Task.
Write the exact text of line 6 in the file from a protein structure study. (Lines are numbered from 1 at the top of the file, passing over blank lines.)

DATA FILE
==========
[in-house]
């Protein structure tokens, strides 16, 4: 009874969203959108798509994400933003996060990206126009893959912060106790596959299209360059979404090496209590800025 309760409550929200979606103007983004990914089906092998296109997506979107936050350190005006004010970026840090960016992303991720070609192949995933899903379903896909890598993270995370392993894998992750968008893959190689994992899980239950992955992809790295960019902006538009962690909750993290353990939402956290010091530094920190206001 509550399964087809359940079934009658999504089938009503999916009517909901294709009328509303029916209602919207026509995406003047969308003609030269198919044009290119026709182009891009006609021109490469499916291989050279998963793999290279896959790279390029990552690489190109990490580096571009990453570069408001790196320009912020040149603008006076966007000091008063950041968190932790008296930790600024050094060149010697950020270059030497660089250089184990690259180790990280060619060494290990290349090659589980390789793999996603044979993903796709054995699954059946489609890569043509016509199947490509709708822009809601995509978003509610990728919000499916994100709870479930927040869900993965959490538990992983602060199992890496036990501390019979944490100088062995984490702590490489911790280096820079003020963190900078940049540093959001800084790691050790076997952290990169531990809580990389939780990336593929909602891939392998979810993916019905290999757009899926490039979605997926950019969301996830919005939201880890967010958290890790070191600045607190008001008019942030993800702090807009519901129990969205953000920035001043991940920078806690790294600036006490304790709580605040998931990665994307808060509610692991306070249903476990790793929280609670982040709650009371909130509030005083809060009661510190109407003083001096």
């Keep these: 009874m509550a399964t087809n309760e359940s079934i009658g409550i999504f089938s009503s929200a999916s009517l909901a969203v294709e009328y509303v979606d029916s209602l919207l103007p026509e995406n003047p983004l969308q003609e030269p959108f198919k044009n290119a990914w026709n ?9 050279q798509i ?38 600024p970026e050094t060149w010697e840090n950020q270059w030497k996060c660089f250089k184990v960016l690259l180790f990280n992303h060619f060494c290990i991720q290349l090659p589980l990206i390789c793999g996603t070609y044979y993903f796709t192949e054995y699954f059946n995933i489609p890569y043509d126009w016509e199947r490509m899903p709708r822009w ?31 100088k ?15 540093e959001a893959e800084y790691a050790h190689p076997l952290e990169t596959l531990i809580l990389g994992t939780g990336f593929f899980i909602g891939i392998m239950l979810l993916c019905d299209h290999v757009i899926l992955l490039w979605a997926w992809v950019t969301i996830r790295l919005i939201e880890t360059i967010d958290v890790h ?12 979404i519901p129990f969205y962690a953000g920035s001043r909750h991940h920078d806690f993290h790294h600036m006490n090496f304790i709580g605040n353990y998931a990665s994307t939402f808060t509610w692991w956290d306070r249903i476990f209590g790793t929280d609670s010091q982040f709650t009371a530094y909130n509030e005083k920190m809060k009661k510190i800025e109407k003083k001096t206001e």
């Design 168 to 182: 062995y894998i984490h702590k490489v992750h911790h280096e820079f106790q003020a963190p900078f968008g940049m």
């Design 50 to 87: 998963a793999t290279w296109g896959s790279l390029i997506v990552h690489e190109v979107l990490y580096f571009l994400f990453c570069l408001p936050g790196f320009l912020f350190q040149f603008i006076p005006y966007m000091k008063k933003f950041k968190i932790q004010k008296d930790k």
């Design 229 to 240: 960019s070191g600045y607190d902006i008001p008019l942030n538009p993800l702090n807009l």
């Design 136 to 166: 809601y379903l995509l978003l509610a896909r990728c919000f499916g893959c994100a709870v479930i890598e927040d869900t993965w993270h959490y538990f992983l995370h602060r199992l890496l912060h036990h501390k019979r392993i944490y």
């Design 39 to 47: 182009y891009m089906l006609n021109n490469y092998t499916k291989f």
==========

């Design 229 to 240: 960019s070191g600045y607190d902006i008001p008019l942030n538009p993800l702090n807009l």